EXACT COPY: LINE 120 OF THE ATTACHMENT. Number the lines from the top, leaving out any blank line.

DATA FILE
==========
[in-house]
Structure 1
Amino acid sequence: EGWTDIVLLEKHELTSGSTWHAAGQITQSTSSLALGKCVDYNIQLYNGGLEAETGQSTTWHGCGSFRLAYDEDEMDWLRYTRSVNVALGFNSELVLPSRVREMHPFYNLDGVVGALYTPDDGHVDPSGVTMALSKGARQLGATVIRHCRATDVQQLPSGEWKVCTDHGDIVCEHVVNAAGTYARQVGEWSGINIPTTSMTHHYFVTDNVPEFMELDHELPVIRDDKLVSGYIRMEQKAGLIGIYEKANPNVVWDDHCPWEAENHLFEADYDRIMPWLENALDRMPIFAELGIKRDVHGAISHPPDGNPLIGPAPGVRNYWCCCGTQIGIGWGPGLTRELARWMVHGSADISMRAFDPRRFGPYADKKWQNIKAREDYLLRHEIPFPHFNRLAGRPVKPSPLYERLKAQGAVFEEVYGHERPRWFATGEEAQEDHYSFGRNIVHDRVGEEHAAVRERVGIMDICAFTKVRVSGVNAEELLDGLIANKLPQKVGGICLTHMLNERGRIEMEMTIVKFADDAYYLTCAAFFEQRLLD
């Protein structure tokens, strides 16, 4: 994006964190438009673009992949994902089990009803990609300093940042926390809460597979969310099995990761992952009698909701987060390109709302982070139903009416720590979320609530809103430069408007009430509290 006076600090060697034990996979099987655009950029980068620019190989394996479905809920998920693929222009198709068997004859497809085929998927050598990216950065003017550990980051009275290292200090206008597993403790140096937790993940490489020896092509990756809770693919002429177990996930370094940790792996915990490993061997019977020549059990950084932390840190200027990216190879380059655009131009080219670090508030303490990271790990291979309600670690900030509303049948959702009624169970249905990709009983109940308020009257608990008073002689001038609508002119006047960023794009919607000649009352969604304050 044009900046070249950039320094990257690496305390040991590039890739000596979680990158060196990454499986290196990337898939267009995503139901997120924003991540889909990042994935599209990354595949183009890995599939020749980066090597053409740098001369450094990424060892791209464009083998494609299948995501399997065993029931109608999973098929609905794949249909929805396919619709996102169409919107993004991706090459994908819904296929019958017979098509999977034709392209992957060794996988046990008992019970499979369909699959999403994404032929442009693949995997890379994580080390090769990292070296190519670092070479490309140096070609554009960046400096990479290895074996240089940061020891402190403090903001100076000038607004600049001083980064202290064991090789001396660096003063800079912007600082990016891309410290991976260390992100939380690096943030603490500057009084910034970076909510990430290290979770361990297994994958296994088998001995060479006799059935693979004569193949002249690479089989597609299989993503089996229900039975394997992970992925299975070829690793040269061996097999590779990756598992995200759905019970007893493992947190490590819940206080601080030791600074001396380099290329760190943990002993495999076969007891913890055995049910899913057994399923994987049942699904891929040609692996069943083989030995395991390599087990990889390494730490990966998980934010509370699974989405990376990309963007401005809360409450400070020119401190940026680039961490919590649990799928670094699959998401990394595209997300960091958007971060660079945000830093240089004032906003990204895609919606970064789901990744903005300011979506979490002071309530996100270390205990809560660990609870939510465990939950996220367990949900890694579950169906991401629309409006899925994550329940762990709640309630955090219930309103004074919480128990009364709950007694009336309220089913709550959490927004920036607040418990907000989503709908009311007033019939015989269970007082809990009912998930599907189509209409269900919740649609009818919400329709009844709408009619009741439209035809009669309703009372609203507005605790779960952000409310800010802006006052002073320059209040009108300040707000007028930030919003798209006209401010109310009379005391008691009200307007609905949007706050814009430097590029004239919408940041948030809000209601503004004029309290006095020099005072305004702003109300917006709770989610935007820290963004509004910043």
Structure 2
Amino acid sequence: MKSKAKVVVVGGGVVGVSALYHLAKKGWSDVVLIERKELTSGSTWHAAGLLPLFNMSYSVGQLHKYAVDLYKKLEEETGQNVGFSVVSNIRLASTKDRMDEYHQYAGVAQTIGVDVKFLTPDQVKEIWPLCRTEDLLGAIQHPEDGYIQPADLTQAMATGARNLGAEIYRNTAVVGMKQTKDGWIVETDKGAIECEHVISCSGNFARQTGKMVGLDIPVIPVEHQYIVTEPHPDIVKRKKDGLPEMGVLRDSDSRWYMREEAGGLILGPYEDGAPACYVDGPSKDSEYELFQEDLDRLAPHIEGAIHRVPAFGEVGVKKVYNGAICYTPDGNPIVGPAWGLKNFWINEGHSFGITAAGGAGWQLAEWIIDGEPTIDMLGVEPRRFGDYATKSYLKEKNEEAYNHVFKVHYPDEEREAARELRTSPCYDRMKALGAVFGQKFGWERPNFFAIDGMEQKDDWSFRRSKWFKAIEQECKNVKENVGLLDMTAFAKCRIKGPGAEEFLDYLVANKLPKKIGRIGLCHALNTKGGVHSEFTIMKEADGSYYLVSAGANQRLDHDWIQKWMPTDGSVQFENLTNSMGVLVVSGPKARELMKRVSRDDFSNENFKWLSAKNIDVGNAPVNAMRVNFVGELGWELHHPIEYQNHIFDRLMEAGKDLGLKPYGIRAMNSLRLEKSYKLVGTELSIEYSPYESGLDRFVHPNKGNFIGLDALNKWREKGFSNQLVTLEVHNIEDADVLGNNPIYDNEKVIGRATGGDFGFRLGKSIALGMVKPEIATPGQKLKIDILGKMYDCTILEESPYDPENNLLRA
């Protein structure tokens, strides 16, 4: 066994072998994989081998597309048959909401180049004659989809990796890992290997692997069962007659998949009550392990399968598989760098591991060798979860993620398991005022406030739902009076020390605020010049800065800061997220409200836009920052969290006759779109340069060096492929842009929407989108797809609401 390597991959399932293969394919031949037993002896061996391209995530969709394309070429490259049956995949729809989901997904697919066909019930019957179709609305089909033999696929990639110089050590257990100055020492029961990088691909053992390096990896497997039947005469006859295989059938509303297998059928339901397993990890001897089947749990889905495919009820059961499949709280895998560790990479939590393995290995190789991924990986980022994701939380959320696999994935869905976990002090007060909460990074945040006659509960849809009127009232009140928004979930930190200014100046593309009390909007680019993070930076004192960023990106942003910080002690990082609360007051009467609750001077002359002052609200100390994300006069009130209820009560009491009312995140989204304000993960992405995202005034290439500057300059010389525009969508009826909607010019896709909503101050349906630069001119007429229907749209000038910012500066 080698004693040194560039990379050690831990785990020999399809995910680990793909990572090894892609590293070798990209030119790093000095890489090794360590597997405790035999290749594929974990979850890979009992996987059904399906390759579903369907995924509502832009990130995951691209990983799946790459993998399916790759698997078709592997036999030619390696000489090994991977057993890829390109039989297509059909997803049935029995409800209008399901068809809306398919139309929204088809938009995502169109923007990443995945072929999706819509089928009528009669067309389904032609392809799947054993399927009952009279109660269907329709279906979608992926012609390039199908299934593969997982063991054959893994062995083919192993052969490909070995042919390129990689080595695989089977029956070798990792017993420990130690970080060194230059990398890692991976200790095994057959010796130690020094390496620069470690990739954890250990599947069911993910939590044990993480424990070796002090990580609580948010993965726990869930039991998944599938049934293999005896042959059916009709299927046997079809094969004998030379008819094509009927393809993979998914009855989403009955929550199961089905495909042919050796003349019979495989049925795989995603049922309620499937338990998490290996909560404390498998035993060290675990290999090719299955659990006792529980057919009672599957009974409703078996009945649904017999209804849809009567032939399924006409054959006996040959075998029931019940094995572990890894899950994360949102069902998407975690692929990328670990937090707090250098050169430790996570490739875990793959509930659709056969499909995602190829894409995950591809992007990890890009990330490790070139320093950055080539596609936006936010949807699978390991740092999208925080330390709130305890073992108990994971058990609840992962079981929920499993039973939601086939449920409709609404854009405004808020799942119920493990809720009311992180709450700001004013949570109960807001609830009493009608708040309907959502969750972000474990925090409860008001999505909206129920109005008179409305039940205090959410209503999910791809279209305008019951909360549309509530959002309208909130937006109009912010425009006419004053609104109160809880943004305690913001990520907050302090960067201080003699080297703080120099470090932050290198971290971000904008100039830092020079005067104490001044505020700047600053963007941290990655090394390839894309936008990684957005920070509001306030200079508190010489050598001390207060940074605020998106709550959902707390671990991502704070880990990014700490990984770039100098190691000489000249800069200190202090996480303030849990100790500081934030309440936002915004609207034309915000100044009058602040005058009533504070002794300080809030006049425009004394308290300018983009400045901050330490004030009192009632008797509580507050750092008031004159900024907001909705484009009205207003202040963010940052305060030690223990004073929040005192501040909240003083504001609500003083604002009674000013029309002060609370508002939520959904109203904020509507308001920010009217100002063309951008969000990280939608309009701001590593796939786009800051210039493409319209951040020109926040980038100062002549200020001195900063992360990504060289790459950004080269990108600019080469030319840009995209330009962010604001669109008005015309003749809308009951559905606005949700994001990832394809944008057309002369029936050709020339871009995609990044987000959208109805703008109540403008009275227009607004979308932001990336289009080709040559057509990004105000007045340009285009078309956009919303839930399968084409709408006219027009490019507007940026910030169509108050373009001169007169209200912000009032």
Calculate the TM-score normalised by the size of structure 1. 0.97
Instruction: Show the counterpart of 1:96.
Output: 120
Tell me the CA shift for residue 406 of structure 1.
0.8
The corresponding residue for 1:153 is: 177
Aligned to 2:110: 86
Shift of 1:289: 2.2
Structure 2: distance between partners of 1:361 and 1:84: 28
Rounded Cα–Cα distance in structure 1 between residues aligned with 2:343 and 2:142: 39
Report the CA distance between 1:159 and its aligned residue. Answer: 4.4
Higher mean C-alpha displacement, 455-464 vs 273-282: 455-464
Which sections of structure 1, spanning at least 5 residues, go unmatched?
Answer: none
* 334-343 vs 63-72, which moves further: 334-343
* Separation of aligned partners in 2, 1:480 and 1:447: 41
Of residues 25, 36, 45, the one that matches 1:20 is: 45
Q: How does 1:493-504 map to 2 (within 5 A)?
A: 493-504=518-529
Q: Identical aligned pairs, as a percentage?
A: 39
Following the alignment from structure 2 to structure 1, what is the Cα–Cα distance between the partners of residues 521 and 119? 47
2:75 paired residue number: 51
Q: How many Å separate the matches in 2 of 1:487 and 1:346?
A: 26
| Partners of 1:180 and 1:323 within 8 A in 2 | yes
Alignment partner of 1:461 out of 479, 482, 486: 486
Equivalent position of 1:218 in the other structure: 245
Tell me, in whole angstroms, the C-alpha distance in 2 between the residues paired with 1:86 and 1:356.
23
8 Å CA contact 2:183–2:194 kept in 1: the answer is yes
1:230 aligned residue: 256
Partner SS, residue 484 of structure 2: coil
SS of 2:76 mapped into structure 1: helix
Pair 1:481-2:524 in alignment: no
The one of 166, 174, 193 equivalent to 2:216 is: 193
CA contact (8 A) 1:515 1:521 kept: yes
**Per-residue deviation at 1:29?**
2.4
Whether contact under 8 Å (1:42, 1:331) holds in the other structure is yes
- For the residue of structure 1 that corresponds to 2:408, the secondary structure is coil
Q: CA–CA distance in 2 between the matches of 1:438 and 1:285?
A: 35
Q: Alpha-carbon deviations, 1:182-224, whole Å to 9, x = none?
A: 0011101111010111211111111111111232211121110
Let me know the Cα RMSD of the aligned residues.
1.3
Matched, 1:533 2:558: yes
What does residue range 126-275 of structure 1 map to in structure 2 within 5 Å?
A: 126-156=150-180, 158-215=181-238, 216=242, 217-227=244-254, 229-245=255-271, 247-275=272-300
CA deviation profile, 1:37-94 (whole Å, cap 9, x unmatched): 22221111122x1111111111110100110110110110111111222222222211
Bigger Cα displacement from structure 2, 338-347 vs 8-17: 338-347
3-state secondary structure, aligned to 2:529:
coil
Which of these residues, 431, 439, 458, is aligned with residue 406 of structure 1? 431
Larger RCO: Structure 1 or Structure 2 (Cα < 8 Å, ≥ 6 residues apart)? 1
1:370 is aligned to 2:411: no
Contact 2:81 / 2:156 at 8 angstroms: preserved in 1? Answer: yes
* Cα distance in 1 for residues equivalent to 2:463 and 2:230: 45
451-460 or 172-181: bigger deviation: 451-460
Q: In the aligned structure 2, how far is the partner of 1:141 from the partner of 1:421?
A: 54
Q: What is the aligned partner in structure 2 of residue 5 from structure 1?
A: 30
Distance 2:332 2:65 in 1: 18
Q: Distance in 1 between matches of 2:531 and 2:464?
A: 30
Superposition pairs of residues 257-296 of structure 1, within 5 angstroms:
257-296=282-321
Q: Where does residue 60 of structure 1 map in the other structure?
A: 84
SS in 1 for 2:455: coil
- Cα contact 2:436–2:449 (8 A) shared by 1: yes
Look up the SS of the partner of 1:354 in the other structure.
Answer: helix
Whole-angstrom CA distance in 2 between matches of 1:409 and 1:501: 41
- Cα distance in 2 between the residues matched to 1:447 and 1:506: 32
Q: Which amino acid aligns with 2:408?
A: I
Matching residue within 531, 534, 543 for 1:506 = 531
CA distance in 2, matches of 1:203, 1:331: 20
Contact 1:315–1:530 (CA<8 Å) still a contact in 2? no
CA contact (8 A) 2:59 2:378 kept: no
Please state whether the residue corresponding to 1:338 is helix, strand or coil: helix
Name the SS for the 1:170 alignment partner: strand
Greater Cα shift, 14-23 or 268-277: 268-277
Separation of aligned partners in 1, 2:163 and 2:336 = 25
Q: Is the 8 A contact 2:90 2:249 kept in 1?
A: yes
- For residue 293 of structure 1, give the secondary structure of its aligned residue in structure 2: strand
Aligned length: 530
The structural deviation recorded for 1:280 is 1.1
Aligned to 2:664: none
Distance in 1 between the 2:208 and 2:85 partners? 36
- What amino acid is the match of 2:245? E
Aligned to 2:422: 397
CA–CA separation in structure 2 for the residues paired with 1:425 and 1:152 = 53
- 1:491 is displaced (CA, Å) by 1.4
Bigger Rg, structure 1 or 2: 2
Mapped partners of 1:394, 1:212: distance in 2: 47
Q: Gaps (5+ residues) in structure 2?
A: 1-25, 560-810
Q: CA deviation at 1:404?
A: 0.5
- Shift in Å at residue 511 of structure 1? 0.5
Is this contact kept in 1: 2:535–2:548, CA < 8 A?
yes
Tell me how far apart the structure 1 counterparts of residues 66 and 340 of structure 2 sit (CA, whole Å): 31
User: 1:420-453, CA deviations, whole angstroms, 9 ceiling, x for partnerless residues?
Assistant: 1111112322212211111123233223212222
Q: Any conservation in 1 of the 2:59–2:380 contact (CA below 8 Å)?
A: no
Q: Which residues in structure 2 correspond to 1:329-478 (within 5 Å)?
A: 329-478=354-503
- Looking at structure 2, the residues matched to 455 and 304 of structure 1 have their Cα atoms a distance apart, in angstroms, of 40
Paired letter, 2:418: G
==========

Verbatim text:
Q: Which residues in structure 2 correspond to 1:329-478 (within 5 Å)?